Lateral Collateral Ligament of the Knee
Description[edit | edit source]
Anatomy[edit | edit source]
Origin: Lateral epicondyle of the femur
Insertion: Fibula head
At the proximal level this ligament is closely related to the joint capsule, without having direct contact, as it is separated by fat pad, The insertion is augmented by the iliotibial band. The popliteus tendon is deep to the LCL, seperating it from the lateral meniscus. The LCL further splits the biceps femoris into two parts.
Function[edit | edit source]
The LCL stabilizes the lateral side of the knee joint, mainly in varus stress and posterolateral rotation of the tibia relative to the femur. The LCL acts as a secondary stabilizer to anterior and posterior tibial translation when the cruciate ligaments are torn. 
It is primary restraint to varus rotation from 0-30° of knee flexion. As the knee goes into flexion, the LCL loses its significance and influence as a varus-stabilizing structure. When the knee is extended, the LCL is stretched.
Clinical relevance[edit | edit source]
The incidence of LCL injuries are relatively low (6%) when compared to other knee injuries. It is commonly associated with other knee ligament injuries, thus LCL tear can be easily overlooked as a result of that.
- A direct blow to the anteromedial knee and posterolateral corner
- Non-contact hyperextension
- Non-contact varus stress
Assessment[edit | edit source]
Palpation[edit | edit source]
Patient position: Legs crossed with ankle resting on opposite knee (90° knee flexion, hip abduction and external rotation)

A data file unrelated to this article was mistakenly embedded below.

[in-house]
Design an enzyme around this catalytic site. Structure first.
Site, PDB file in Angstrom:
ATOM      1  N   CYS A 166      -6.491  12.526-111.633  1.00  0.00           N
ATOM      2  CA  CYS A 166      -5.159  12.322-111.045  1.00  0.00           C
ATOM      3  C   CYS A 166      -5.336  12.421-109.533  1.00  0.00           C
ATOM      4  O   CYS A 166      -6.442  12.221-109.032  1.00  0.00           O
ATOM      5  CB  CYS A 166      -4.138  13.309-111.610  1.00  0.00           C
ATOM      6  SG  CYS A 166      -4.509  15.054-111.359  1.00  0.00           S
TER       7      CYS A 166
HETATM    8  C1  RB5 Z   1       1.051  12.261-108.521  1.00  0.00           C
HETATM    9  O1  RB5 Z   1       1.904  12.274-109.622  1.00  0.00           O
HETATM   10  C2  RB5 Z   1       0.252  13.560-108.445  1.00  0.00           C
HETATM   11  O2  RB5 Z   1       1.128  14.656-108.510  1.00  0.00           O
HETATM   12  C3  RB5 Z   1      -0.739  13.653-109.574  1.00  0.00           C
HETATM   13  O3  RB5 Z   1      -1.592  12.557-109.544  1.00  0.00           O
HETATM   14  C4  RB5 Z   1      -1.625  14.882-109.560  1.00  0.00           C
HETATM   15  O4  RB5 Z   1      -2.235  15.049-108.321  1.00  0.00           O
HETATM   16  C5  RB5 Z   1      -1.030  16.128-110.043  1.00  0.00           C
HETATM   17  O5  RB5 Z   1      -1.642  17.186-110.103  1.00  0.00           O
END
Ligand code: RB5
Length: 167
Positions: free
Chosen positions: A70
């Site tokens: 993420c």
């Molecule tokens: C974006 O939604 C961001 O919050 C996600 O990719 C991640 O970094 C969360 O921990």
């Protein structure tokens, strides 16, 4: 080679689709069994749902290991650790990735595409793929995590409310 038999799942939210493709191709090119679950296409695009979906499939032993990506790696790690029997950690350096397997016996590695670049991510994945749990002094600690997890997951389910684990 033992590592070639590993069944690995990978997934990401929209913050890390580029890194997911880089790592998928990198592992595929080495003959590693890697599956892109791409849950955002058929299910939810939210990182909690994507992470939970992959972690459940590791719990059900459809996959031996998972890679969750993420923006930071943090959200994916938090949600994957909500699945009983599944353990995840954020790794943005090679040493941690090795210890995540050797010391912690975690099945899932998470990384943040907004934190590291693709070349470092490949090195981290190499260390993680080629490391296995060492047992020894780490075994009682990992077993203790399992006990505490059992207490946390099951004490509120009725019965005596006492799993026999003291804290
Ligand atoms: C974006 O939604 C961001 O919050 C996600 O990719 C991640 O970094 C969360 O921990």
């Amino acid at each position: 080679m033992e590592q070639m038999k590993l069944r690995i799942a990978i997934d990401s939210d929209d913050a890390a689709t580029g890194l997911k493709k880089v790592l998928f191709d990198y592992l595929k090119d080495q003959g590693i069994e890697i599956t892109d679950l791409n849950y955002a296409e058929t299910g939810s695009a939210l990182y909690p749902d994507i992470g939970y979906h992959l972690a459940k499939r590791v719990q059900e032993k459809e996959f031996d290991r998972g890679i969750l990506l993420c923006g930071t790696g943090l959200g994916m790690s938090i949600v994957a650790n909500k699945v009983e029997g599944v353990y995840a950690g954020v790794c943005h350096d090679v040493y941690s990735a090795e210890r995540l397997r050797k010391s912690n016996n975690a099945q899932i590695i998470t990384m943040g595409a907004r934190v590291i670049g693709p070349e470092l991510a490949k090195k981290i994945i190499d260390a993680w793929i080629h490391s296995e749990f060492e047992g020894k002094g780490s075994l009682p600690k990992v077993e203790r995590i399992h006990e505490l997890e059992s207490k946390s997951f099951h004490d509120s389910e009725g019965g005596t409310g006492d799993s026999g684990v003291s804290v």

In this position the iliotibial band relaxes and makes the LCL easier to isolate. The ligament lies laterally and posteriorly along the joint line. Ocassionally, the LCL is congenitally absent.  When LCL is injured or torn, this cordlike band is not as noticeable as on the unaffected side.
Special tests[edit | edit source]
Adduction (varus) stress test
Purpose: The varus stress test shows a lateral joint line gap.
Performance: A varus stress test is performed by stabilizing the femur and palpating the lateral joint line. The other hand provides a varus stress to the ankle. The test is performed at 0° and 20-30°, so the knee joint is in the closed packed position. The physiotherapist stabilize the knee with one hand, while the other hand adducts the ankle.
Interpretation: If the knee joint adducts greater than normal (compared to the unaffected leg), the test is positive. This an indication of a LCL tear.
Other structures involved:
- 0°: Posteriolateral capsule, arcuate-popliteus complex, anterior and posterior cruciate ligaments, lateral gastrocnemius
- 20-30°: Posteriolateral capsule, arcuate-popliteus complex, iliotibial band, biceps femoris tendon
Reliability and validity:
- Sensitivity: 25%. Specificity: not reported. Varus stress testing was performed in 20° of flexion, and testing in extension was not done.
- Sensitivity: 25% . The reliability of this test in extension is 68% and in 30° flexion only 56%. The test is fairly solid.
- If the varus stress test is positive at 20°, but negative at 0°, only the LCL is torn. A positive result at both 0° and 20° indicate cruciate ligament involvement.
Additional tests for detecting LCL injury with other knee ligaments:
- External Rotation-Recurvatum Test
- Reverse Pivot Shift Sign of Jakob, Hassler, and Stäubli
- Dial Test
Resources[edit | edit source]
References[edit | edit source]
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- Kane PW et al. Increased Accuracy of Varus Stress Radiographs Versus Magnetic Resonance Imaging in Diagnosing Fibular Collateral Ligament Grade III Tears. Arthroscopy, 2018.
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- Walters J, editor. Orthopaedics - A guide for practitioners. 4th Edition. Cape Town: University of Cape Town, 2010.